The National Institute for Health and Clinical Excellence (NICE) has issued full guidance to the NHS in England, Wales, Scotland and Northern Ireland on placement of pectus bar for pectus excavatum (Nuss procedure).
It replaces the previous guidance on minimally invasive placement of pectus bar (IPG3, August 2003).
Pectus excavatum is an abnormality of the chest in which the breastbone sinks inward (sometimes called funnel chest). Problems associated with pectus excavatum are mainly cosmetic, although the condition can impair cardiac and respiratory function. Placement of a pectus bar for pectus excavatum (also known as the Nuss procedure) involves placing one or two steel (pectus) bars under the breastbone with the aim of raising it and correcting the abnormal shape. The bar, which is bent into a curve to fit the patient’s chest, is inserted through small openings in the chest. The bar (or bars) are usually removed within a few years of placement.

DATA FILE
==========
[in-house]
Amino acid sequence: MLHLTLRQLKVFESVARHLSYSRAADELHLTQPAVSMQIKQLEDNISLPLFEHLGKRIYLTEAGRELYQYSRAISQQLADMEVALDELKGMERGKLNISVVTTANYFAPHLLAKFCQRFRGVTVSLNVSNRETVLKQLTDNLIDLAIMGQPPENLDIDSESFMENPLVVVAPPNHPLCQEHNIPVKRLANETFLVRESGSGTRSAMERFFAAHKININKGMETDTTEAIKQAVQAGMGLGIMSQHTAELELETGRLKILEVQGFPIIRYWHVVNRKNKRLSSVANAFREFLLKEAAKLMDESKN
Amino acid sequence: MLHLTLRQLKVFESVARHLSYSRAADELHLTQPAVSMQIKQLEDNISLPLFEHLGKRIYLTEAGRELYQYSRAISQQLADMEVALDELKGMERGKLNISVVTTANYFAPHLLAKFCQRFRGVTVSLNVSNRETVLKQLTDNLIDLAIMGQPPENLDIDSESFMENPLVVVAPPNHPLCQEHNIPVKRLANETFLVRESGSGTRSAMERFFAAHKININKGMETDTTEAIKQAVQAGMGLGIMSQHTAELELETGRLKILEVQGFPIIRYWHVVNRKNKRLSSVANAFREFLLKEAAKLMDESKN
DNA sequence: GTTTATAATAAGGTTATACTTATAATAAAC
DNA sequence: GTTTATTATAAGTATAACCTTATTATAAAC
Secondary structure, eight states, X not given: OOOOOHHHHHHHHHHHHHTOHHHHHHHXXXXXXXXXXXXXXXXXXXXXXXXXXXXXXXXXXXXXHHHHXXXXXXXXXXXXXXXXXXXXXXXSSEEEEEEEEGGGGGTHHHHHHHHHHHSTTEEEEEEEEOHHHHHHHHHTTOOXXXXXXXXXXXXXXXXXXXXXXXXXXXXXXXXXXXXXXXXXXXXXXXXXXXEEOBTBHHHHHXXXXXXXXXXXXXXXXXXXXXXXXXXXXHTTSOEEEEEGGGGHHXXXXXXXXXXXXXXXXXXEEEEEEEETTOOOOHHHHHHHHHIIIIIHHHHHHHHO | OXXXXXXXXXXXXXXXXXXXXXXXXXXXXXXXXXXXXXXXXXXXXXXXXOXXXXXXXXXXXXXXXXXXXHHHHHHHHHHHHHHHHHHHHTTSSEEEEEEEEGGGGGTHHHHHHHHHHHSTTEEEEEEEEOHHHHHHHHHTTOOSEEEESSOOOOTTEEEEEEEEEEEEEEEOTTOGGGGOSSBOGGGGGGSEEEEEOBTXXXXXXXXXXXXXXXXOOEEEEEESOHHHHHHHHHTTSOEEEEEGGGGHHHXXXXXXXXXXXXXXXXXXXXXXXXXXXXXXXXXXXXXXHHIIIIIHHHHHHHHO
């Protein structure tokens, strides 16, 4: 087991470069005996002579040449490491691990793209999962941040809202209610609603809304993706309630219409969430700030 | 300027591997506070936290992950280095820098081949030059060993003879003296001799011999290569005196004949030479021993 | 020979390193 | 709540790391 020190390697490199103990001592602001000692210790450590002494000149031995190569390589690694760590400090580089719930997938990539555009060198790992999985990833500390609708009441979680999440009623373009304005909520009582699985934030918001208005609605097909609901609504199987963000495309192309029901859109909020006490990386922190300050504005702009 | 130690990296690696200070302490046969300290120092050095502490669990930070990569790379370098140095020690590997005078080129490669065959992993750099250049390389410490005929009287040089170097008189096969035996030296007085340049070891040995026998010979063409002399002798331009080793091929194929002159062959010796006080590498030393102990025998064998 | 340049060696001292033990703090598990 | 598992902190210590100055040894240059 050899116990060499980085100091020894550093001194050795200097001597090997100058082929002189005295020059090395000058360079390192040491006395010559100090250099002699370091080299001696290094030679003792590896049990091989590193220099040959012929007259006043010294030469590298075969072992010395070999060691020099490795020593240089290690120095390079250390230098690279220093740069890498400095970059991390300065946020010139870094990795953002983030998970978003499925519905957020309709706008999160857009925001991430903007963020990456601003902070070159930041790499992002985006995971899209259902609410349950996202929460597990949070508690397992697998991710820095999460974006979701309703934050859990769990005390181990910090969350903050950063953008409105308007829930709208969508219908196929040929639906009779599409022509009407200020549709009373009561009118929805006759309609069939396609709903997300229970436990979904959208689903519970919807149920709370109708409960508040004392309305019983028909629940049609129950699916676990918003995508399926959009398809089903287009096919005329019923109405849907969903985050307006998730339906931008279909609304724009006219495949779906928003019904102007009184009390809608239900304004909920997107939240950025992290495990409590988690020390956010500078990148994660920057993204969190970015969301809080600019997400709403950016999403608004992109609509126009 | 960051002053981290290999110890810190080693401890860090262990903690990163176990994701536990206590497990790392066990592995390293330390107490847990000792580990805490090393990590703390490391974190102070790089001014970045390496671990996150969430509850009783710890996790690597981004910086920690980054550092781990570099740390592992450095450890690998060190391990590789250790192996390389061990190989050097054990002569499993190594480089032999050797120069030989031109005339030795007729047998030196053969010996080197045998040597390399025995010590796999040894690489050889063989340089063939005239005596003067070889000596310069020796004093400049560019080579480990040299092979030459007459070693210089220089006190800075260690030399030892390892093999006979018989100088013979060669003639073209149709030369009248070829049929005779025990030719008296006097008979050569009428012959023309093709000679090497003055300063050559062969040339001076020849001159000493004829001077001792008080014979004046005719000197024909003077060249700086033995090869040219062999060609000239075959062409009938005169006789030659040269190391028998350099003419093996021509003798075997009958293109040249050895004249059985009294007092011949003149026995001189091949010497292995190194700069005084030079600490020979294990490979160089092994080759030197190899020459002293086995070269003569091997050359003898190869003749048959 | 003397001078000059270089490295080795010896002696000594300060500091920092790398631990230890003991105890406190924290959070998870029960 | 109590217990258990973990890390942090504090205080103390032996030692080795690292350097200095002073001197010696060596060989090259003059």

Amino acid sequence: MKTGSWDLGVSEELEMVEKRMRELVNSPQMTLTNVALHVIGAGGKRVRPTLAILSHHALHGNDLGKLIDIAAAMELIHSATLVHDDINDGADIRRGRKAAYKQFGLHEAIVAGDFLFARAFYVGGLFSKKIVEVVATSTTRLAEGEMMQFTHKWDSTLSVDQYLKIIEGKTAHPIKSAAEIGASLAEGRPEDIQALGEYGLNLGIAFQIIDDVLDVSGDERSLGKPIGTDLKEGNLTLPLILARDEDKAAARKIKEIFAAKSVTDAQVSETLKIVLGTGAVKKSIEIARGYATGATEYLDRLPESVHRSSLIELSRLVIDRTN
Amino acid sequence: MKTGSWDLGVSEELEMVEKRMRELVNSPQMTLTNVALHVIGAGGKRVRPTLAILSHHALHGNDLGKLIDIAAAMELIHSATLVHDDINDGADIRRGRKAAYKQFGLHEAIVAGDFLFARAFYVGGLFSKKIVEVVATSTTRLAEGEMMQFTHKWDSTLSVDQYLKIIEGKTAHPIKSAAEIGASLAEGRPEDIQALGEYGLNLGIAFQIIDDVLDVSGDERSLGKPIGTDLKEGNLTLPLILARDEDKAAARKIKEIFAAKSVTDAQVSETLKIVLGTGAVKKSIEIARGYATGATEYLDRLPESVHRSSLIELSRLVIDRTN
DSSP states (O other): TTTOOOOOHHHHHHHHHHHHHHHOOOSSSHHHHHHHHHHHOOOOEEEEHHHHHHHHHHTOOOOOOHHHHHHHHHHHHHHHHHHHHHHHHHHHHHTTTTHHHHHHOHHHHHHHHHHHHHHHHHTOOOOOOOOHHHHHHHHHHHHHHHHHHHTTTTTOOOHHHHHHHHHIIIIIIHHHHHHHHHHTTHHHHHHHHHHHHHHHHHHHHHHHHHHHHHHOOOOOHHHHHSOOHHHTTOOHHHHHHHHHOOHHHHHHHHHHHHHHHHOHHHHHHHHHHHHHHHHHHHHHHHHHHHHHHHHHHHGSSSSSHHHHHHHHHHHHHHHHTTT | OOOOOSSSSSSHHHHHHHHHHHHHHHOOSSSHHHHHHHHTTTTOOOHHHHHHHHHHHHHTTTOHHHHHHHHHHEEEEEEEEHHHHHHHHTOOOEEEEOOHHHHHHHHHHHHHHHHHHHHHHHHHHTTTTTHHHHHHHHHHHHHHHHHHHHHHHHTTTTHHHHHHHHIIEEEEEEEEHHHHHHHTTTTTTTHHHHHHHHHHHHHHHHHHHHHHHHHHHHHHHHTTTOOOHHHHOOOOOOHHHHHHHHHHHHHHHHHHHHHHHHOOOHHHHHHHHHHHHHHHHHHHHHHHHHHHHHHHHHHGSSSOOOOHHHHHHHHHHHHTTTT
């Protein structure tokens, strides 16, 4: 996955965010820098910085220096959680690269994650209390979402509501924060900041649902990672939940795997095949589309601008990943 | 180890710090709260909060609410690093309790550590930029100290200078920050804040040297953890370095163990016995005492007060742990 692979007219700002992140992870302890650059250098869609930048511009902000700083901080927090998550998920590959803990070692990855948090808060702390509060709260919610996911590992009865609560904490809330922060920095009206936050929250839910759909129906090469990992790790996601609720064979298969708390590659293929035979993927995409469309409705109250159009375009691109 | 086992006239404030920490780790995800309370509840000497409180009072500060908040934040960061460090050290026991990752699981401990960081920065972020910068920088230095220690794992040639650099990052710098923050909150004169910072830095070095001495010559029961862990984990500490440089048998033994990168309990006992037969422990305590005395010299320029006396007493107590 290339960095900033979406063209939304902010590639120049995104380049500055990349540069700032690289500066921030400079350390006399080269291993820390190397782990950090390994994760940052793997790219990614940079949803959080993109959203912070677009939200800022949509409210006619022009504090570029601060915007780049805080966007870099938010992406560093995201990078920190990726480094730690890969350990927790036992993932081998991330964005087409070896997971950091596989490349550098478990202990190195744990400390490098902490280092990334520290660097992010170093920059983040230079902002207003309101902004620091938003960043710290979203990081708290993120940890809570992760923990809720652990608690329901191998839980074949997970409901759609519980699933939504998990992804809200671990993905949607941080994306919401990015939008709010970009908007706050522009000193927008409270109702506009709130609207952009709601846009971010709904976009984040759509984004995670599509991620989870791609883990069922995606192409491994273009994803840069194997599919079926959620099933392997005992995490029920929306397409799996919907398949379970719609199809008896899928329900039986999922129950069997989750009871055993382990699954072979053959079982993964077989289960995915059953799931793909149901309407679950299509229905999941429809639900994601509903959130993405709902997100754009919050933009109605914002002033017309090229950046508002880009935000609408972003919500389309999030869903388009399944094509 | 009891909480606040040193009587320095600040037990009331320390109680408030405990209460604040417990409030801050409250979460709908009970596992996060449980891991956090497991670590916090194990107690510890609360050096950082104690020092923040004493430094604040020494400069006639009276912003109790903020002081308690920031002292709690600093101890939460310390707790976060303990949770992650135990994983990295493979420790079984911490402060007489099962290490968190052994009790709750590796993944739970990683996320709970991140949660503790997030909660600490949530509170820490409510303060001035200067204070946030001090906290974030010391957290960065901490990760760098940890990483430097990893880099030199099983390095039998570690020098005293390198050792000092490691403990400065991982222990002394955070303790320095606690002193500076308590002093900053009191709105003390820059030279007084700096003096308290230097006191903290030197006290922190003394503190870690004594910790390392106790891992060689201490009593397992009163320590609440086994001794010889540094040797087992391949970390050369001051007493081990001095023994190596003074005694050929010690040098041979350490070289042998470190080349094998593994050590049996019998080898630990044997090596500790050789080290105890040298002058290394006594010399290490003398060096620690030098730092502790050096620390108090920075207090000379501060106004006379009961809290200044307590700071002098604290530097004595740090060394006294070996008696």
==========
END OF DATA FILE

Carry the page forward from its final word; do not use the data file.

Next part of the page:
T02.1 Correction of pectus deformity of chest wall
Includes: Correction of pectus carinatum
Correction of pectus excavatum
Y74.1 Thoracoscopically assisted approach to thoracic cavity (if used)
Y02.2 Insertion of prosthesis into organ NOC
The NHS Classifications Service of NHS Connecting for Health is the central definitive source for clinical coding guidance and determines the coding standards associated with the classifications (OPCS-4 and ICD-10) to be used across the NHS. The NHS Classifications Service and NICE work collaboratively to ensure the most appropriate classification codes are provided. www.connectingforhealth.co.uk/clinicalcoding